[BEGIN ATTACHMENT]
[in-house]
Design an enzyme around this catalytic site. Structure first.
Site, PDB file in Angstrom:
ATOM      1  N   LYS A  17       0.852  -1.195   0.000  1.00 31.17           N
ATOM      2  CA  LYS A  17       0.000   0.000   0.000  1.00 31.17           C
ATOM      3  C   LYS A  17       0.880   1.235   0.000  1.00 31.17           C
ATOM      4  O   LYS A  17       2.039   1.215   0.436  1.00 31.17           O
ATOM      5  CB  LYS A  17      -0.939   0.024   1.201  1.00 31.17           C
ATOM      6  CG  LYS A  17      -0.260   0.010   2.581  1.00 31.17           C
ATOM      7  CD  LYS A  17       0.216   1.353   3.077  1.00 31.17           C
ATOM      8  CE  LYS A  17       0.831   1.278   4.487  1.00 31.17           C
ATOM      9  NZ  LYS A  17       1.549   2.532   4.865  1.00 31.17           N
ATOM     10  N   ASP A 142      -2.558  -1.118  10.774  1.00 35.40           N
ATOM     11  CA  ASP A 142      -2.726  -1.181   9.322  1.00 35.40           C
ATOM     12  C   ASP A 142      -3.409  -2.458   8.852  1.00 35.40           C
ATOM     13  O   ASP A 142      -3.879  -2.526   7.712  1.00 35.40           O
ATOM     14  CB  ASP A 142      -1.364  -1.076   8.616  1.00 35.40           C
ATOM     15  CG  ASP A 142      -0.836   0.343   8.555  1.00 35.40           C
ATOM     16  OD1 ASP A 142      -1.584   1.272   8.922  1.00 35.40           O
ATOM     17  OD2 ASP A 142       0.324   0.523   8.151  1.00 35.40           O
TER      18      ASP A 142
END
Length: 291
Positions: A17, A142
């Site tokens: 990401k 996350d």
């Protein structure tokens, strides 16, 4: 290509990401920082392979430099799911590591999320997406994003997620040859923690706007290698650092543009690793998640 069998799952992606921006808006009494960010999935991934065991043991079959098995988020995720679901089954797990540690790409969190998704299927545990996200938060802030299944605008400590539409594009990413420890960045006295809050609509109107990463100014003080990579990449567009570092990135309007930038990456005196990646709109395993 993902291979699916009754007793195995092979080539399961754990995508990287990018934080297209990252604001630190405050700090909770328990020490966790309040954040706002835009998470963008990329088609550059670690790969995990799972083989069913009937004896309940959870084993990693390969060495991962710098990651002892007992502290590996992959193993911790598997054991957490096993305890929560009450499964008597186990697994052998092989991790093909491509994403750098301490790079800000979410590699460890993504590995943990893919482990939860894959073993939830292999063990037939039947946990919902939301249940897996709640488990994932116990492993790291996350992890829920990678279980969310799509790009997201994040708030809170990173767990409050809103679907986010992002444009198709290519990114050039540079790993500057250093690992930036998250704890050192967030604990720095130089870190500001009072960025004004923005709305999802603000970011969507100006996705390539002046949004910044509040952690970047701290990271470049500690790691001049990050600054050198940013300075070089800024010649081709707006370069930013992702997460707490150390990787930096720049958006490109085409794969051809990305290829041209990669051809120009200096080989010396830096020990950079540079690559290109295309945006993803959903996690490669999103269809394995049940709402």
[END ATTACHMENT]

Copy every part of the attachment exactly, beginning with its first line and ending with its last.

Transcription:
[in-house]
Design an enzyme around this catalytic site. Structure first.
Site, PDB file in Angstrom:
ATOM      1  N   LYS A  17       0.852  -1.195   0.000  1.00 31.17           N
ATOM      2  CA  LYS A  17       0.000   0.000   0.000  1.00 31.17           C
ATOM      3  C   LYS A  17       0.880   1.235   0.000  1.00 31.17           C
ATOM      4  O   LYS A  17       2.039   1.215   0.436  1.00 31.17           O
ATOM      5  CB  LYS A  17      -0.939   0.024   1.201  1.00 31.17           C
ATOM      6  CG  LYS A  17      -0.260   0.010   2.581  1.00 31.17           C
ATOM      7  CD  LYS A  17       0.216   1.353   3.077  1.00 31.17           C
ATOM      8  CE  LYS A  17       0.831   1.278   4.487  1.00 31.17           C
ATOM      9  NZ  LYS A  17       1.549   2.532   4.865  1.00 31.17           N
ATOM     10  N   ASP A 142      -2.558  -1.118  10.774  1.00 35.40           N
ATOM     11  CA  ASP A 142      -2.726  -1.181   9.322  1.00 35.40           C
ATOM     12  C   ASP A 142      -3.409  -2.458   8.852  1.00 35.40           C
ATOM     13  O   ASP A 142      -3.879  -2.526   7.712  1.00 35.40           O
ATOM     14  CB  ASP A 142      -1.364  -1.076   8.616  1.00 35.40           C
ATOM     15  CG  ASP A 142      -0.836   0.343   8.555  1.00 35.40           C
ATOM     16  OD1 ASP A 142      -1.584   1.272   8.922  1.00 35.40           O
ATOM     17  OD2 ASP A 142       0.324   0.523   8.151  1.00 35.40           O
TER      18      ASP A 142
END
Length: 291
Positions: A17, A142
């Site tokens: 990401k 996350d």
């Protein structure tokens, strides 16, 4: 290509990401920082392979430099799911590591999320997406994003997620040859923690706007290698650092543009690793998640 069998799952992606921006808006009494960010999935991934065991043991079959098995988020995720679901089954797990540690790409969190998704299927545990996200938060802030299944605008400590539409594009990413420890960045006295809050609509109107990463100014003080990579990449567009570092990135309007930038990456005196990646709109395993 993902291979699916009754007793195995092979080539399961754990995508990287990018934080297209990252604001630190405050700090909770328990020490966790309040954040706002835009998470963008990329088609550059670690790969995990799972083989069913009937004896309940959870084993990693390969060495991962710098990651002892007992502290590996992959193993911790598997054991957490096993305890929560009450499964008597186990697994052998092989991790093909491509994403750098301490790079800000979410590699460890993504590995943990893919482990939860894959073993939830292999063990037939039947946990919902939301249940897996709640488990994932116990492993790291996350992890829920990678279980969310799509790009997201994040708030809170990173767990409050809103679907986010992002444009198709290519990114050039540079790993500057250093690992930036998250704890050192967030604990720095130089870190500001009072960025004004923005709305999802603000970011969507100006996705390539002046949004910044509040952690970047701290990271470049500690790691001049990050600054050198940013300075070089800024010649081709707006370069930013992702997460707490150390990787930096720049958006490109085409794969051809990305290829041209990669051809120009200096080989010396830096020990950079540079690559290109295309945006993803959903996690490669999103269809394995049940709402």